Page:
From: "Joe Cronin" <croninj@xxxxxxxxxxxxxx>
Date: Wed, 10 Apr 96 10:44:04 EST
I'm sorry, I wrote yesterday's entry in a terrible hurry.
The reference for "I'm an empiricist..." is an interview F.
had with Pierre Boncenne entitled "On Power," (1978) in the
anthology POLITICS, PHILOSOPHY, CULTURE (p.106).
As for your claim about the inescapability of any
metaphysics, i'm not sure how to respond; for Nietzsche,
language itself contains "a whole metaphysics;" Wittgenstein
makes similar claims at times, and of course Derrida tries
to spell out a metaphysics of the sign, and so on.
But, what the empiricist/materialist tradition has brought
us is a way of NOT rely8ing on metaphysical entities,
"occult" qualities, dispositions, faculties, etc. as sort of
Deus ex machina which come out of the blue to get us past
soem philosophical problems. In Berkeley's case, for
example, we cannot establish the identity of an object, even
despite very similar associations we moght make between
sense impresssion, without bringing God into the picture.
Hume, of course, disabuses us of these kinds of explanations
- by spelling out the ground rules fro a more descriptive
If Foucault can be said to give any kind of "scientific"
explanations - and I agree he does not always indicate that
he's interested in doing so, but on the other hand he
clearly is not loosely or randomly throwingaround
observations and researches either; well, than his
"science," which in some ways is a science of power
relations, is a descriptive/materialist one (remember
Wittgenstein: "stop explaining and start describing"). What
do you describe? The effects of power relations on bodies.
How do yiou describe these effects? By looking at a host of
things: the concrete practices in which power/knowledge is
instantiated; teh "logic" of the practioners of various
"disciplines," as well as the "logic" or even the
statements, of discursive subjects; the technologies which
facilitate &Make possible the administration of the
discplines; and finally, the systems of disperdion,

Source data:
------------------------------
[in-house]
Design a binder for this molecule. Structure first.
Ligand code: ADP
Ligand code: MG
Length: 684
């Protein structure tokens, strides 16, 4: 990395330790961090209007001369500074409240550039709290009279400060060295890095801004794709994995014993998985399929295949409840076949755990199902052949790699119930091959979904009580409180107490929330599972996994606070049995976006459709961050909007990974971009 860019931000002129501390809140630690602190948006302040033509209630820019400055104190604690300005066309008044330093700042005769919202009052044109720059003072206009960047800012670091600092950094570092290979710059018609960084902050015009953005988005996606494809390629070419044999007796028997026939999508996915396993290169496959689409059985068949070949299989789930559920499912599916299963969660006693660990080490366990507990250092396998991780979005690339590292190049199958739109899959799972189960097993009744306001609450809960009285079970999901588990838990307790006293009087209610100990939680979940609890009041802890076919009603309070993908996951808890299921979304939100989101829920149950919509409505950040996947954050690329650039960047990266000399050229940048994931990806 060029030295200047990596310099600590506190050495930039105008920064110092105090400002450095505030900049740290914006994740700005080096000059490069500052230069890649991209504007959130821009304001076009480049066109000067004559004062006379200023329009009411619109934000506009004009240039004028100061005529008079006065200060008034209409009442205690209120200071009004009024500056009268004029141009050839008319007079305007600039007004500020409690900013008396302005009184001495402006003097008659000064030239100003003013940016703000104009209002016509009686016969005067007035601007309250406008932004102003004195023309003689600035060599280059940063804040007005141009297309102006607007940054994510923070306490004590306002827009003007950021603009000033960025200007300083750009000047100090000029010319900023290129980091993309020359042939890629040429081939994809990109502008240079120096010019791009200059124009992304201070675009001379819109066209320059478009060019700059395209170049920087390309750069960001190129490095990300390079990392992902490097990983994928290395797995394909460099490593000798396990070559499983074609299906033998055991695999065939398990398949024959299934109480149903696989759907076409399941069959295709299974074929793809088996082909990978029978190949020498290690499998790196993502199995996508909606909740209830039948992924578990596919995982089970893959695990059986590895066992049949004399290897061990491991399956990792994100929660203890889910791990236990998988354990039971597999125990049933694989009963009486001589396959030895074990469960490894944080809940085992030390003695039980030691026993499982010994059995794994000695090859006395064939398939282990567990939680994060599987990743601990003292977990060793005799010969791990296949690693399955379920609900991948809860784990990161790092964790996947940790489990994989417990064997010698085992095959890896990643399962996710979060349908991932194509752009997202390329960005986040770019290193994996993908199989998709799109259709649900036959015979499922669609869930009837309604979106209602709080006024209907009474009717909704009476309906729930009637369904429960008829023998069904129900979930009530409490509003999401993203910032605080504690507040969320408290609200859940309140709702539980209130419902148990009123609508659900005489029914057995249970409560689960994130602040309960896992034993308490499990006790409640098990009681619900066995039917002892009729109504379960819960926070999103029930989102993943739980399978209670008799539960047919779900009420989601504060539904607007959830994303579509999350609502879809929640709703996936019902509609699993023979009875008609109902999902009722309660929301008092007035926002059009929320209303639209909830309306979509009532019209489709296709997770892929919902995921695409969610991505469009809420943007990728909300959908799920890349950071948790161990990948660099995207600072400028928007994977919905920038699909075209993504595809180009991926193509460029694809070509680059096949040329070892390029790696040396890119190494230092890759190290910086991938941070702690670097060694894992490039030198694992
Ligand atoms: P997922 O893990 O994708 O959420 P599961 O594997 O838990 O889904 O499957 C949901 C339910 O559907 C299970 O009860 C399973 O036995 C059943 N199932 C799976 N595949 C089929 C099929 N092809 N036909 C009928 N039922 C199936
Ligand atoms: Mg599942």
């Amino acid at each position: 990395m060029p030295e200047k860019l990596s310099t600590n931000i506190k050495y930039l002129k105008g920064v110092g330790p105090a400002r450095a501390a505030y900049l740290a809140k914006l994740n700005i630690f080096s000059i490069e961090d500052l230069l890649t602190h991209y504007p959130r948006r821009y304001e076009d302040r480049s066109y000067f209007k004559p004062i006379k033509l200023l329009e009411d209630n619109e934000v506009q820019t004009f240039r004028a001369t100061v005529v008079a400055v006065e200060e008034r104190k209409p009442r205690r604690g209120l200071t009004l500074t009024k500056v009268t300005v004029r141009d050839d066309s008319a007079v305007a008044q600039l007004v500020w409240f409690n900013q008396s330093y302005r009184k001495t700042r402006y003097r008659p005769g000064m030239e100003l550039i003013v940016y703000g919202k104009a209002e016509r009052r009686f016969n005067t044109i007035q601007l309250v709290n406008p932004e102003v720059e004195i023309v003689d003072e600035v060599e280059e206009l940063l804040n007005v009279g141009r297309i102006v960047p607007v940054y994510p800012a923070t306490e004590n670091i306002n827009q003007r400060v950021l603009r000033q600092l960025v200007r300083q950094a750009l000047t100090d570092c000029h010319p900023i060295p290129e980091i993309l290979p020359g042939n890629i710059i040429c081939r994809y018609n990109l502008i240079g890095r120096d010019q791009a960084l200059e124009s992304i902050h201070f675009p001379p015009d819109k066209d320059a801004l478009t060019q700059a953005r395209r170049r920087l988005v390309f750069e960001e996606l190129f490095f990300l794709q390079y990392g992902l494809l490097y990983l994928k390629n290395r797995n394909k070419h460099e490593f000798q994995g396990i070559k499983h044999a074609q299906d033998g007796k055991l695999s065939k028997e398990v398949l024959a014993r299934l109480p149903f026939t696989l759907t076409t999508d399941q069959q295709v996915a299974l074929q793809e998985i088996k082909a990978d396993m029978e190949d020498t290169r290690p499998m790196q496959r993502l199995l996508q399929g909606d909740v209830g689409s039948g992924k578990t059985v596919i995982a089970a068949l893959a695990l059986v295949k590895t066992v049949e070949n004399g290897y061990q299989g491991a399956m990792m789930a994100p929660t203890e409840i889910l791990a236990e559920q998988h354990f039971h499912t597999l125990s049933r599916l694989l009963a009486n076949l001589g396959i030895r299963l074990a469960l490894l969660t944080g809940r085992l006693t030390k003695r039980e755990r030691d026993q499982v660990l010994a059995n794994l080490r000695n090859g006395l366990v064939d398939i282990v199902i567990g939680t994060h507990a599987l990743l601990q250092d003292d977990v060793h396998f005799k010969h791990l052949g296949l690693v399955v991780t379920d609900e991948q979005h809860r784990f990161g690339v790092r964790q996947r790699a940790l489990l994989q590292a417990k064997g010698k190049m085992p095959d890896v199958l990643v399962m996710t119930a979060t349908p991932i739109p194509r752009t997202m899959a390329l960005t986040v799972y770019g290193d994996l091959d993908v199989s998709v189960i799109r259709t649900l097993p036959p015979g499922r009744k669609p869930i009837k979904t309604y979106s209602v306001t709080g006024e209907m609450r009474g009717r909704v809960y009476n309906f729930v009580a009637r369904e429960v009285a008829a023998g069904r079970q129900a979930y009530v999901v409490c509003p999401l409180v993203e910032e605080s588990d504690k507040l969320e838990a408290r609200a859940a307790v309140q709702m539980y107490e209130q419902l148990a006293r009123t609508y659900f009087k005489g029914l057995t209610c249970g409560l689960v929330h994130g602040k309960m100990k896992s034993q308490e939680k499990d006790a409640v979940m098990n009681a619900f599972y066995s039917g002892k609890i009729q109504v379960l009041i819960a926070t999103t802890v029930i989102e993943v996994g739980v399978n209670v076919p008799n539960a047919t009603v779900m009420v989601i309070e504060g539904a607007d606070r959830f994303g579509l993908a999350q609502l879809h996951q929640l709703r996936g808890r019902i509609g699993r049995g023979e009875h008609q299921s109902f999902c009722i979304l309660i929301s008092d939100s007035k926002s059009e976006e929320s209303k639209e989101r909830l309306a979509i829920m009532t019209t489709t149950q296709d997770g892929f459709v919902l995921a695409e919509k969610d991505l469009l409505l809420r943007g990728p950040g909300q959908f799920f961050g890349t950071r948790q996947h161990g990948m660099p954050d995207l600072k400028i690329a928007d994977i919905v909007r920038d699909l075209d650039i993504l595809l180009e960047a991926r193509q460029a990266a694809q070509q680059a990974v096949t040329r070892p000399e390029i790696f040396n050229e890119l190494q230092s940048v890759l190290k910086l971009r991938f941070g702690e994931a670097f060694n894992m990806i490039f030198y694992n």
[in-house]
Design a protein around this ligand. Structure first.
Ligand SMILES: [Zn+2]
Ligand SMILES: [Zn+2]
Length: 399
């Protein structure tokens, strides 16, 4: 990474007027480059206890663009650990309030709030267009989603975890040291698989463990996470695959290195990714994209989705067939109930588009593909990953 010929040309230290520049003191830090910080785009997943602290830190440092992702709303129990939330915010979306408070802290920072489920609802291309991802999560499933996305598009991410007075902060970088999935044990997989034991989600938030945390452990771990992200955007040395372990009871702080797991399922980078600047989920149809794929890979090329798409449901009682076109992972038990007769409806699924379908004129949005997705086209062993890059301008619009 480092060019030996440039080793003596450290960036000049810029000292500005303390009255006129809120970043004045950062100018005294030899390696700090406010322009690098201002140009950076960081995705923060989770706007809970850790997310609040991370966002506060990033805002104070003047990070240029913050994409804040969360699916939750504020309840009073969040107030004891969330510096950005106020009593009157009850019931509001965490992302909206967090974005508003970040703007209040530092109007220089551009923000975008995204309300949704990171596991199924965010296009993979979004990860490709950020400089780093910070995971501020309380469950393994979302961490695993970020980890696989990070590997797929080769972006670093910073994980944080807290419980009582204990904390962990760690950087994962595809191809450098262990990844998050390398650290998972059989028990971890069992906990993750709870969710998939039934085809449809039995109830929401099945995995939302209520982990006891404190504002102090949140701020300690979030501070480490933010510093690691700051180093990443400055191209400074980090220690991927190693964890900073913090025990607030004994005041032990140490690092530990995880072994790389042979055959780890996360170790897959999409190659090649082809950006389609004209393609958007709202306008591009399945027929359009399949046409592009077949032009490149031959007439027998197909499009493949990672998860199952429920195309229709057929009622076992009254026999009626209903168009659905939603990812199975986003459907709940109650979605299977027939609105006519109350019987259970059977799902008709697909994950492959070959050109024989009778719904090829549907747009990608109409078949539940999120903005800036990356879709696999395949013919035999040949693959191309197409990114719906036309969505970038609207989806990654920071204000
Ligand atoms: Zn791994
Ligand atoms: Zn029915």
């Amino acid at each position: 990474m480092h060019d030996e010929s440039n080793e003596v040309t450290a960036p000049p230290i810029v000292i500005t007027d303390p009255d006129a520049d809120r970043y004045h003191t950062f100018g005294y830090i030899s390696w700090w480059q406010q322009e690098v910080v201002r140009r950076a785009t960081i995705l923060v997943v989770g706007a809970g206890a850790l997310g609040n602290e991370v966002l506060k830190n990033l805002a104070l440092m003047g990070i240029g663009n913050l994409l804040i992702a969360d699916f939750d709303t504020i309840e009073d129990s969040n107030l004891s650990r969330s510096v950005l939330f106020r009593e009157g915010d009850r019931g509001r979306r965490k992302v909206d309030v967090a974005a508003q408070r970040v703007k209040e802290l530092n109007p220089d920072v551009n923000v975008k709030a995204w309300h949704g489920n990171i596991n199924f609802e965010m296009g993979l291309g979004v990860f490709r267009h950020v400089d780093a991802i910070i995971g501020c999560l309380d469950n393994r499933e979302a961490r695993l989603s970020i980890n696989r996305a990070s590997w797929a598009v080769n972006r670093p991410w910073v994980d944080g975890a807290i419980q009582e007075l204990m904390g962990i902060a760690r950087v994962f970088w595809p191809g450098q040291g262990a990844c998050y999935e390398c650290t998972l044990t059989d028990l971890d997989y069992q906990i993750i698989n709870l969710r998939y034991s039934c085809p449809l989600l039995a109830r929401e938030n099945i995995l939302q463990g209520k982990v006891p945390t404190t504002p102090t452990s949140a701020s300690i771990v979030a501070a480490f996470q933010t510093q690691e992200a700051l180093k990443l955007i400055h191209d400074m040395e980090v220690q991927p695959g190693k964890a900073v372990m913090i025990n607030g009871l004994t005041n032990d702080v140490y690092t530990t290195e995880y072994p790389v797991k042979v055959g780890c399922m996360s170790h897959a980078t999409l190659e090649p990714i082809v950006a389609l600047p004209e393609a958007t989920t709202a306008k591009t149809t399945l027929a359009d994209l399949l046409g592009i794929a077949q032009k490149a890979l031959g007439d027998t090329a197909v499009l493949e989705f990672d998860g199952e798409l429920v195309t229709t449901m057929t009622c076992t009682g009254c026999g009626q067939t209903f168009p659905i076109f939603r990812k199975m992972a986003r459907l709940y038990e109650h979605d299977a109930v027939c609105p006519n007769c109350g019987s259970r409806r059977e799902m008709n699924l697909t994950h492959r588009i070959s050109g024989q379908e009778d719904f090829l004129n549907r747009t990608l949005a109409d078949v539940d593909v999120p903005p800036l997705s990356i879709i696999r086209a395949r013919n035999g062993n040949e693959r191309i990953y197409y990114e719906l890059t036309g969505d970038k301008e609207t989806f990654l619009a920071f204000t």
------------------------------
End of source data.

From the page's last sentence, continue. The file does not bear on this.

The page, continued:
tranformation etc. through which the logic, techniques, and
"signs" are disseminated. This last piec is the piece he
borrows from a Marxian sociology. One can describe
'general' phenomena (and a trivial example would be the use
of money), without reverted to a metaphysics of power, only
by describing both the 'economy', and the 'economic
rationality' (as found in practices) through which certain
signs, techniques etc. are transformed into general
Foucault is not solely interewsted in describing "local"
events. Marx himsel, by the way, uses the term "local" to
describe concrete struggles - which, by the way, he saw as
necessary in establishing a generalized conception of power
relations. Why is this so? Capitalism is an
ever-generalizing system; it continuallly seeks growth,
colonizes etc. in newer (always concrete) forms. In
describing a certain event, one must look at teh specificity
of these forms - but that alone is not a sufficient
explanation of the event. One must also refer to the
"rationality of the marketplace," to the systematic manner
in which classes are increasingly assembled along two poles
as capital develops, etc. in adequately describing the
specific event. To get at the general phen, one begins with
specific/local phen. Isn't this what Focuault's
"ascending analysis" discussed in several of the essays in
the Power/KNowledge anthology, is all about?